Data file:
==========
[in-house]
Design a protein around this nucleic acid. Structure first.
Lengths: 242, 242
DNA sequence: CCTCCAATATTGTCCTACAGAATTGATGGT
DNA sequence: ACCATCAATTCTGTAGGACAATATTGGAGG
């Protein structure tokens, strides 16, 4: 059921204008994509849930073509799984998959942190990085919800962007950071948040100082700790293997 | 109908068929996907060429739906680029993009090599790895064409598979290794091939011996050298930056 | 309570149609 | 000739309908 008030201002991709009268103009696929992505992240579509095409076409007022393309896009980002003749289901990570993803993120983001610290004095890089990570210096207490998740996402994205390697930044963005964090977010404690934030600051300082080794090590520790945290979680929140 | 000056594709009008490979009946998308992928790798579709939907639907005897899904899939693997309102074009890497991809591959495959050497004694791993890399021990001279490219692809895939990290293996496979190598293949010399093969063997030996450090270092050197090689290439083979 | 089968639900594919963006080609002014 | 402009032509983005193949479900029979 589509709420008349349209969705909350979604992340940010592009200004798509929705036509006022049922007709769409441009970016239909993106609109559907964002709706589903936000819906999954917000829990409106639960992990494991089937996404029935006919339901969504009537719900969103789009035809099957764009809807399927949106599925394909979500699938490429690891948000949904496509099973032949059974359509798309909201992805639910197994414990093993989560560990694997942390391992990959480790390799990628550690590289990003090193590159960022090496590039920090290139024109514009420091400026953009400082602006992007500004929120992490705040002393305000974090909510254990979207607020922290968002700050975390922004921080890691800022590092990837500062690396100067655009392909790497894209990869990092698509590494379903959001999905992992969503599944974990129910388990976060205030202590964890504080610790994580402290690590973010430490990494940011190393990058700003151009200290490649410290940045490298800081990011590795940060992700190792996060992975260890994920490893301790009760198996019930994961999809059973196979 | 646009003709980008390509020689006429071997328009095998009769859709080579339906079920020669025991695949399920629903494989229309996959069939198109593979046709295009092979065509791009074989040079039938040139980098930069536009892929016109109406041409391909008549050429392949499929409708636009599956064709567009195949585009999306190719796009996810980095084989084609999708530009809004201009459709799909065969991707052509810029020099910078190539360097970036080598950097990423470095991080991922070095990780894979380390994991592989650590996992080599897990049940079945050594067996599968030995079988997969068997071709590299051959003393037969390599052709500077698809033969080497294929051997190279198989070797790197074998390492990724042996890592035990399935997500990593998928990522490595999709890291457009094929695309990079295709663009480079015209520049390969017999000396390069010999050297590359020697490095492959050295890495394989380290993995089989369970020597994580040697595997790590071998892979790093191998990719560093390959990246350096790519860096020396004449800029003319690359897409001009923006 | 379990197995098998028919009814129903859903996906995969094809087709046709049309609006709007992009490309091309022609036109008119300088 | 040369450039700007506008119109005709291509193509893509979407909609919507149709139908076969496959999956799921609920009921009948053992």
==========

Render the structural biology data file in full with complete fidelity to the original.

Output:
[in-house]
Design a protein around this nucleic acid. Structure first.
Lengths: 242, 242
DNA sequence: CCTCCAATATTGTCCTACAGAATTGATGGT
DNA sequence: ACCATCAATTCTGTAGGACAATATTGGAGG
């Protein structure tokens, strides 16, 4: 059921204008994509849930073509799984998959942190990085919800962007950071948040100082700790293997 | 109908068929996907060429739906680029993009090599790895064409598979290794091939011996050298930056 | 309570149609 | 000739309908 008030201002991709009268103009696929992505992240579509095409076409007022393309896009980002003749289901990570993803993120983001610290004095890089990570210096207490998740996402994205390697930044963005964090977010404690934030600051300082080794090590520790945290979680929140 | 000056594709009008490979009946998308992928790798579709939907639907005897899904899939693997309102074009890497991809591959495959050497004694791993890399021990001279490219692809895939990290293996496979190598293949010399093969063997030996450090270092050197090689290439083979 | 089968639900594919963006080609002014 | 402009032509983005193949479900029979 589509709420008349349209969705909350979604992340940010592009200004798509929705036509006022049922007709769409441009970016239909993106609109559907964002709706589903936000819906999954917000829990409106639960992990494991089937996404029935006919339901969504009537719900969103789009035809099957764009809807399927949106599925394909979500699938490429690891948000949904496509099973032949059974359509798309909201992805639910197994414990093993989560560990694997942390391992990959480790390799990628550690590289990003090193590159960022090496590039920090290139024109514009420091400026953009400082602006992007500004929120992490705040002393305000974090909510254990979207607020922290968002700050975390922004921080890691800022590092990837500062690396100067655009392909790497894209990869990092698509590494379903959001999905992992969503599944974990129910388990976060205030202590964890504080610790994580402290690590973010430490990494940011190393990058700003151009200290490649410290940045490298800081990011590795940060992700190792996060992975260890994920490893301790009760198996019930994961999809059973196979 | 646009003709980008390509020689006429071997328009095998009769859709080579339906079920020669025991695949399920629903494989229309996959069939198109593979046709295009092979065509791009074989040079039938040139980098930069536009892929016109109406041409391909008549050429392949499929409708636009599956064709567009195949585009999306190719796009996810980095084989084609999708530009809004201009459709799909065969991707052509810029020099910078190539360097970036080598950097990423470095991080991922070095990780894979380390994991592989650590996992080599897990049940079945050594067996599968030995079988997969068997071709590299051959003393037969390599052709500077698809033969080497294929051997190279198989070797790197074998390492990724042996890592035990399935997500990593998928990522490595999709890291457009094929695309990079295709663009480079015209520049390969017999000396390069010999050297590359020697490095492959050295890495394989380290993995089989369970020597994580040697595997790590071998892979790093191998990719560093390959990246350096790519860096020396004449800029003319690359897409001009923006 | 379990197995098998028919009814129903859903996906995969094809087709046709049309609006709007992009490309091309022609036109008119300088 | 040369450039700007506008119109005709291509193509893509979407909609919507149709139908076969496959999956799921609920009921009948053992």